Most frustrating about the work, at least thus far, is the eighth chapter, “The Church and Economics”. Part of the paleolibertarian camp, Woods possess a supreme fondness for free-market capitalism, and believes firmly that it not only can be reconciled with, but is inherently compatible with, the Church’s teachings. This is quite evident in the book. Moreover, it provides an explanation for the emphasis, not at all undeserved, that Woods places on the Late Scholastics’ advances in economic theory (which pre-date Adam Smith). Having no first-hand knowledge of the writings of Molina, et alia, I can only speculate; however, in light of numerous encyclicals on economic issues, I tend to believe that they might not appreciate the extent to which Woods (and those he cites, e.g., Rothbard) carry out their subjective value theories.

Therein lies another problem that I find: Woods, who, I believe, has commented on the improper nature of papal encyclicals pertaining to economic matters (because popes generally are not trained economists), fails to mention a single one of these, to wit, Rerum Novarum, Quadragesimo Anno, or Centesiums Annus. He offers not even, in true Scholastic form, an attempt to disprove the Distributist perspective, another aspect of Catholic Economic Thought whereof he simply makes no mention (likely, again, because, not being trained economists, Chesterton, Belloc, McNabb, OP, et alia, surely could not have offered any meaningful, sensible opinions here. Writing praisingly of St Thomas Aquinas in this chapter (as well, as he ought to have, elsewhere), Woods neglects to mention that the Distributist looks to the Angelic Doctor just as do the Catholic Whigs. Ultimately, Woods fails to explicate that a free-market economy and capitalism are not mutually inclusive, and that a market system more adept to preventing consolidation while still sensitive to private property rights and the concerns of the poor, exists and can be implemented. I realize that his aim is to reveal the impact that Churchmen had on economic theory in a feigned neutral way; however, his bias remains sufficiently clear to warrant the dialogue he omits.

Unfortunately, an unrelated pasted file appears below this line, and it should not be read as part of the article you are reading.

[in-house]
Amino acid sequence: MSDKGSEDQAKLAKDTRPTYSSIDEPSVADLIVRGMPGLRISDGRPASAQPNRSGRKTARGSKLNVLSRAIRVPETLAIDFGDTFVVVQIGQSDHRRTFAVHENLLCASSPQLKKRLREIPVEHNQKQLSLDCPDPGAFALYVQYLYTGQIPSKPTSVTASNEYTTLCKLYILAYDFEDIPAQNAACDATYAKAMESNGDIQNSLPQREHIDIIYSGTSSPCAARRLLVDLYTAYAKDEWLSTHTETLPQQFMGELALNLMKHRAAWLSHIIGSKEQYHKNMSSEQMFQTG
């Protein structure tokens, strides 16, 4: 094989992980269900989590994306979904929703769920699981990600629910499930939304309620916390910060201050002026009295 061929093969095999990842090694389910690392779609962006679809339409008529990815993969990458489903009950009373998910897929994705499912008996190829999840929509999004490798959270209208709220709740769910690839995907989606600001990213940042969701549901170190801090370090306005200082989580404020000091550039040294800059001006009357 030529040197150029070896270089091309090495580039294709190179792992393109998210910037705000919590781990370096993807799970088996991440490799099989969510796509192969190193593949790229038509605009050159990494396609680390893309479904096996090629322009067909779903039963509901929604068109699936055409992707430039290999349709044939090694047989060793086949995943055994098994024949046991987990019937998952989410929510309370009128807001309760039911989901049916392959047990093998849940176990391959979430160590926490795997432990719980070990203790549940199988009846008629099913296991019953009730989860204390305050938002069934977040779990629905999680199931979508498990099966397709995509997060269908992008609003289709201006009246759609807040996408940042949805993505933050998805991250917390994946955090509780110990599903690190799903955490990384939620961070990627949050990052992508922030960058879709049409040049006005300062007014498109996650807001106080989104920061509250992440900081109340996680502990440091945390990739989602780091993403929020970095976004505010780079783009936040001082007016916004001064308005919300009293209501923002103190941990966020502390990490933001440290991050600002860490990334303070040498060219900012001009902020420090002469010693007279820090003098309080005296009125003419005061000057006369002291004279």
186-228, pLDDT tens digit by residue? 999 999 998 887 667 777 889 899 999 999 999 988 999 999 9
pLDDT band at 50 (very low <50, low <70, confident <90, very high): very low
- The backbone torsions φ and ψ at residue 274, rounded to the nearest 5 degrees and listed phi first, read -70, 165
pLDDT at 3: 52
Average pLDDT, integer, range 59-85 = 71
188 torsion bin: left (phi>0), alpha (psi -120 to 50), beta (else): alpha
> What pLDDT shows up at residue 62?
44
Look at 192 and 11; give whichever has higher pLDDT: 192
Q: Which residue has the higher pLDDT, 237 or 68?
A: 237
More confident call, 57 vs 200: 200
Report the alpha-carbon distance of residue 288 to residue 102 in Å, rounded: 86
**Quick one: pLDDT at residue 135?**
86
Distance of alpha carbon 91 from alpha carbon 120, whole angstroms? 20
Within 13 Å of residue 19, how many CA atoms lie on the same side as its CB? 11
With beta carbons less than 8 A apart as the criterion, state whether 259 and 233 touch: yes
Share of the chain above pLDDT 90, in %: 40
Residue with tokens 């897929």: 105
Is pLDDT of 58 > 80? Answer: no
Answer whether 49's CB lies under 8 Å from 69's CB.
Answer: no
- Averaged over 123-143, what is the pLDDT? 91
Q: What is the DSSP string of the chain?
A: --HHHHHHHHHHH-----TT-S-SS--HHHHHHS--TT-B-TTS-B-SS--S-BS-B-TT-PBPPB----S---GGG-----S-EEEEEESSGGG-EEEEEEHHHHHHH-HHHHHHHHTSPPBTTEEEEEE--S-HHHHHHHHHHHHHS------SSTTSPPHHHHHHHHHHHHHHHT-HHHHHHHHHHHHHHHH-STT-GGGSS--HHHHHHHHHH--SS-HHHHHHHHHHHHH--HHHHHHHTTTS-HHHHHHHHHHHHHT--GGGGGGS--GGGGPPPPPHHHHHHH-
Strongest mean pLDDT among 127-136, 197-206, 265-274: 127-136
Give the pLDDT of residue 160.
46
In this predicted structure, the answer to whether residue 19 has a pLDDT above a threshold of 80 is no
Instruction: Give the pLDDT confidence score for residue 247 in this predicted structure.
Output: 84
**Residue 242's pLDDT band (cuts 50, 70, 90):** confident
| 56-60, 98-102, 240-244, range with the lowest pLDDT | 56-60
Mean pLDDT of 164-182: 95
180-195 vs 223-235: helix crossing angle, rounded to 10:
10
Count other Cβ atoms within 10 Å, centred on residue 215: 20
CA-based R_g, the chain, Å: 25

Though never particularly awkward, the writing of the book, hardly coruscating, sometimes disappoints in its simplicity (though this needn’t necessarily be seen wholly as a criticism!). Despite this, it has thus far, in general, been worth the while. I recommend it to those who seek to brush up easily on important roles that their Church has played in the creation of civilization, as well as to those mired still in serious doubts about the great work that the Holy Mother Church has done. I suggest, though, keeping an open mind, considering some of the criticisms that I have offered, when doing so.


One Response

  1. Nice review. Overall, I enjoyed the book, but have similar criticisms as yours.